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George Will isn't just a Republican, he's pretty much the Republican. He's practically the conservative archetype: a pompous pencil-neck with a Leave It To Beaver-era haircut and bow tie who traffics almost entirely in regressive faux-intellectualism trimmed with just a hint of pretend folksiness. For decades, Will has been the go-to guy for Republican conventional wisdom, someone sure to stake out the invariably "GOP" position on any panel upon which he was placed. Want to hear somebody drone on exhaustingly about this or that Republican policy, politico or process? Better call Will. Want the GOP's Beltway apparatus broken down into a series of clumsy baseball metaphors? Will's your guy. 

Which is why it really is a shock that George Will just announced that he's leaving the Republican party.

Now maybe it shouldn't be a surprise, given that Will, to his immense credit, has been one of the loudest and most powerful -- if the faction to which Will belongs has any power at all anymore -- voices against the ascendency of Donald Trump. It was back in April that Will penned an op-ed for The Washington Post stating unequivocally that if Trump were to get the GOP nomination, Republicans should see to it that he's denied the White House. It's statements like this that have earned Will a steady stream of juvenile Twitter taunts from Trump -- he of course called Will a "major loser" -- and the old school conservative belief system behind them is what's now led Will to opt out of the GOP and go all "unaffiliated." And maybe more than any single event that's come before it in this surreal, absurdist election season, Will's abandonment of the Republican party is proof not only of the civil war within the GOP, but of just who has the real power in that fight.

Put simply, and maybe this has been said far too often and is far too obvious by now: The George Will contingent within the Republican party is history. The beginning of the end was a slow motion trainwreck caused by the party elite itself, the people who chose to sell their souls and pander shamelessly to the racist, xenophobic yokel base that Fox News and talk radio spent years cultivating and riling up. It was this normalizing of the fringe crazies that directly led to the rise of Donald Trump. He's an unstoppable Voltron of every resentful, batshit crazy right-wing meme the Republican party courted and therefore legitimized. So, in reality, the GOP has no one to blame but themselves for this monster they now can't control -- the possibly brain-damaged, serially dishonest con artist who owns the hearts and minds of the conservative rank and file within the party far more than any of the elites do.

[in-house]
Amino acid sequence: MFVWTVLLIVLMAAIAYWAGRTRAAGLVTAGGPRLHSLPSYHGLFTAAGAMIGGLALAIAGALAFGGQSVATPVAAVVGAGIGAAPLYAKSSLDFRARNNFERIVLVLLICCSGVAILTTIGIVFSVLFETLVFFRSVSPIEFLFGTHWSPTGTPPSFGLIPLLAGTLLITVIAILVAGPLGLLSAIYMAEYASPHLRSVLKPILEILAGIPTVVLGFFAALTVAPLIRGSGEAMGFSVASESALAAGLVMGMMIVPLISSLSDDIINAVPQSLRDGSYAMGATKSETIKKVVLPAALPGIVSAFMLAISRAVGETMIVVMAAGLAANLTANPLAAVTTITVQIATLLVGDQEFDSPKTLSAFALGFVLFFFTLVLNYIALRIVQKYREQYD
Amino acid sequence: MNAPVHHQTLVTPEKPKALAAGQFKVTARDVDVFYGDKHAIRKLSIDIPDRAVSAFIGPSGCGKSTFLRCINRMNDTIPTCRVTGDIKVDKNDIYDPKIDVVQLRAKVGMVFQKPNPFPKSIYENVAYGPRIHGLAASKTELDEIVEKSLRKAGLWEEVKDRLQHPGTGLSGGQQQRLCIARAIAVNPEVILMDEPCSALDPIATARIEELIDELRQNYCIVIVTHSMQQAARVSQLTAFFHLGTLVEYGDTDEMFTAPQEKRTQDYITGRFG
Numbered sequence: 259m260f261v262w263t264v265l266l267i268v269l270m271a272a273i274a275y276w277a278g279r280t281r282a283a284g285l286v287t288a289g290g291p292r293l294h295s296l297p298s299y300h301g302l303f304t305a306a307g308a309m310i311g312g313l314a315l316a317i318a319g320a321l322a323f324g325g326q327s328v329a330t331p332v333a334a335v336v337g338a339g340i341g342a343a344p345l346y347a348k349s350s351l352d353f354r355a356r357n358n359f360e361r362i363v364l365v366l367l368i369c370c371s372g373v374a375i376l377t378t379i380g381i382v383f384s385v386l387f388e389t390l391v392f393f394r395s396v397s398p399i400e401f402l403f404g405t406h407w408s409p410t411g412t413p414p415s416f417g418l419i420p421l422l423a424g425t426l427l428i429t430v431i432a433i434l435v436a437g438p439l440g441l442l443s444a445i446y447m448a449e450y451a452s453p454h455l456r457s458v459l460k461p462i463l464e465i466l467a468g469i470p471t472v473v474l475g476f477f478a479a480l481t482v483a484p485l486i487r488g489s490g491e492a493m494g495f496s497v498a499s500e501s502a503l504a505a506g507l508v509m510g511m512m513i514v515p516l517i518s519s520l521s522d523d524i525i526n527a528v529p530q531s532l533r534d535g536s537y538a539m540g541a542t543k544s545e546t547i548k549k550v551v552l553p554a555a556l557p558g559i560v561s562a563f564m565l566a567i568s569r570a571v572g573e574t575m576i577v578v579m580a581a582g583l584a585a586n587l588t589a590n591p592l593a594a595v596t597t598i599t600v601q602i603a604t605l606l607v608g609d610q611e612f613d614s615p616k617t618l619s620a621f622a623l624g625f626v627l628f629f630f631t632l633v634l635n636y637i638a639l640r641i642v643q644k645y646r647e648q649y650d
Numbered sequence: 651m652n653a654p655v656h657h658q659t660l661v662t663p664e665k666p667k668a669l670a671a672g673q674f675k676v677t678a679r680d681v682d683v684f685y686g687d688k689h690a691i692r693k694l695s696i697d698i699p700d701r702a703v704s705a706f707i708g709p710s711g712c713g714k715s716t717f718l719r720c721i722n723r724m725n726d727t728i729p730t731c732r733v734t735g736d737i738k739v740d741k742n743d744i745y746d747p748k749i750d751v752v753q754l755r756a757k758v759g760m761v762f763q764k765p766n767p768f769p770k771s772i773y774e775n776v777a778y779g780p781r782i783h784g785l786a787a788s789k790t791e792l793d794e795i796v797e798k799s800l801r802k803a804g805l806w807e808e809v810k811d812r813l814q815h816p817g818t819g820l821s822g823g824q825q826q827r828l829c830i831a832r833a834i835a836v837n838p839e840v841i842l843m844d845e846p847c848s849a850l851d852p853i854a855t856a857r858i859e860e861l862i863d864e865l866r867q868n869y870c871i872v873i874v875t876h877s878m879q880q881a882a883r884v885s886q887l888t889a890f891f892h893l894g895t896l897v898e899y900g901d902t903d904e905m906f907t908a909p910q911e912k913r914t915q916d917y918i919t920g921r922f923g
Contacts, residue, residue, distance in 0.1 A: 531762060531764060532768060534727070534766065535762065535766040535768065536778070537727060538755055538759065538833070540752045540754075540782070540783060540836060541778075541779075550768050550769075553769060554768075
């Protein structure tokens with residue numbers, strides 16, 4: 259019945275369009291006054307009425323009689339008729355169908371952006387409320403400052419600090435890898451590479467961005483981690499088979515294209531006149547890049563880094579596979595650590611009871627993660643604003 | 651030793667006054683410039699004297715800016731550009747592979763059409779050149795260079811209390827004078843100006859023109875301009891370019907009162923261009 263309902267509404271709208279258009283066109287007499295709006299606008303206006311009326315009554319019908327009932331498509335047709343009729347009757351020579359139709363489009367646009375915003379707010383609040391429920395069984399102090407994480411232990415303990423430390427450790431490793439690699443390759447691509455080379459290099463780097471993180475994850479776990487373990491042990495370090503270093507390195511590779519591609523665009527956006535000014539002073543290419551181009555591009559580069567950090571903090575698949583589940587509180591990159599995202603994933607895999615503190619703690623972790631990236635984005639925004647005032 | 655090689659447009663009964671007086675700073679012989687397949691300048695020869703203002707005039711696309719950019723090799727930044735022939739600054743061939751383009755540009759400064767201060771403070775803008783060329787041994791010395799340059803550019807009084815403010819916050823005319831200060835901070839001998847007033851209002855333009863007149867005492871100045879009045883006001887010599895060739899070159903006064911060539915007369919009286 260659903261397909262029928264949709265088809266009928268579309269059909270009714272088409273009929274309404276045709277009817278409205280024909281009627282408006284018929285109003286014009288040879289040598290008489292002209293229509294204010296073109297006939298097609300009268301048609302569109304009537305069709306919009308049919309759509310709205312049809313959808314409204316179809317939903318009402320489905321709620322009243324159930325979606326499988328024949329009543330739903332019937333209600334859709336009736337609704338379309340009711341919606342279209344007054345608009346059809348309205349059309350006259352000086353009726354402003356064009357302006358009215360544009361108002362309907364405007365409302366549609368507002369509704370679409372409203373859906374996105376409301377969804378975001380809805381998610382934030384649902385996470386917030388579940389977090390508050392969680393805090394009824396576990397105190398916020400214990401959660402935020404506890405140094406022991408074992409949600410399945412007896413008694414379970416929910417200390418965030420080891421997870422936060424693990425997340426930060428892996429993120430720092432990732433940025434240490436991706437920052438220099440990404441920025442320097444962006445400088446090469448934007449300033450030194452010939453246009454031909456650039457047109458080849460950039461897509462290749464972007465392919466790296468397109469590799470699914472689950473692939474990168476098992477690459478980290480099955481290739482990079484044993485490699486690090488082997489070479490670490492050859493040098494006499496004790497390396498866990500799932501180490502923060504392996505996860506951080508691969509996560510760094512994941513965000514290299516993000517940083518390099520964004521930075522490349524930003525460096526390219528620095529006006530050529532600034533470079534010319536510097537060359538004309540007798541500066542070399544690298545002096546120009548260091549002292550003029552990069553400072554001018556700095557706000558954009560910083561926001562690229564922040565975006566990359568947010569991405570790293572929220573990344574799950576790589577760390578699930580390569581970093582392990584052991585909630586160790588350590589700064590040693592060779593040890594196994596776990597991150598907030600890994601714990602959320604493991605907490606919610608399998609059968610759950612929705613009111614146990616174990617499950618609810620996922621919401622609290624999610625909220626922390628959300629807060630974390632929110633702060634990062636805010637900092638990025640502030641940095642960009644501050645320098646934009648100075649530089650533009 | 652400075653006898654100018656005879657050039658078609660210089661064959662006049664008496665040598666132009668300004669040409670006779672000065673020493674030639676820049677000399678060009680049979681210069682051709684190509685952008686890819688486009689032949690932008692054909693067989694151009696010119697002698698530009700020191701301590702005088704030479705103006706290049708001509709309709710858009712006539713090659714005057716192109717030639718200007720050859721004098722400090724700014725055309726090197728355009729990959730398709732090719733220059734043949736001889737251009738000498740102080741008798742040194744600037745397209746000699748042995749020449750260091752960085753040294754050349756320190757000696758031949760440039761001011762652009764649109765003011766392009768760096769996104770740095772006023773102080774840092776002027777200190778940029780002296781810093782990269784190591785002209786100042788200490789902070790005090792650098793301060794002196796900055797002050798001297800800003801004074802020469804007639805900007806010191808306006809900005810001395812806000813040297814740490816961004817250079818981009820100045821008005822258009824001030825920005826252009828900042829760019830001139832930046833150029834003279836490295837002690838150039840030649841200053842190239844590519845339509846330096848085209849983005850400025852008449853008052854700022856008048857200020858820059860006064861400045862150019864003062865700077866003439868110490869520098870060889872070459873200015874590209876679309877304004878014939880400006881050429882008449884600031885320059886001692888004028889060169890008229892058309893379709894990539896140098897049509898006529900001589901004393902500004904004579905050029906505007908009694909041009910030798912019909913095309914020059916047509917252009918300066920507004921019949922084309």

But it's how those elites are reacting to Trump -- the Republican traditionalists who should by all accounts know better -- that no doubt was the last straw for a guy like George Will. Because as soon as the choice came down to a self-evidently unfit clown like Trump in the White House or the loss of a victory they'd genuinely sell their souls to achieve, guess which won out. It took almost no time at all for the party establishment to fall in line and suddenly decide that a man many of them had spent months excoriating as a vulgar walking punchline -- in other words, as everything he actually is -- was now exactly the guy America needed to be the leader of the free world. For Will, that had to be the unkindest betrayal. 

The reality is, though, that this is simply who the Republican party is now. True, you can argue that establishment pussy-footers like George Will, David Brooks and basically the entire right-of-center editorial staff of the Post and the Times are the ones who didn't seem to see the fire starting to burn out of control years ago (and if they did, they didn't speak up loudly enough at the time). But the fact remains that the GOP just doesn't belong to "sensible" conservatives anymore. It doesn't belong to the Beltway elites who once could speak craven shibboleths to the riff-raff then sit on them and their demands for a perpetual culture war when the time came. It doesn't belong to Ronald Reagan. Not anymore. 

It now belongs to the people fellow George Will-ian Republican bore William F. Buckley once tried to keep at arm's length because he understood what kind of chaos the embracing of that fringe would bring upon Republican politics. It belongs to Trump's people. The Republican party is now the party of Donald Trump. And never forget that Republicans themselves willingly handed it over to this lunatic and his screaming, racist shock-troops on a silver platter.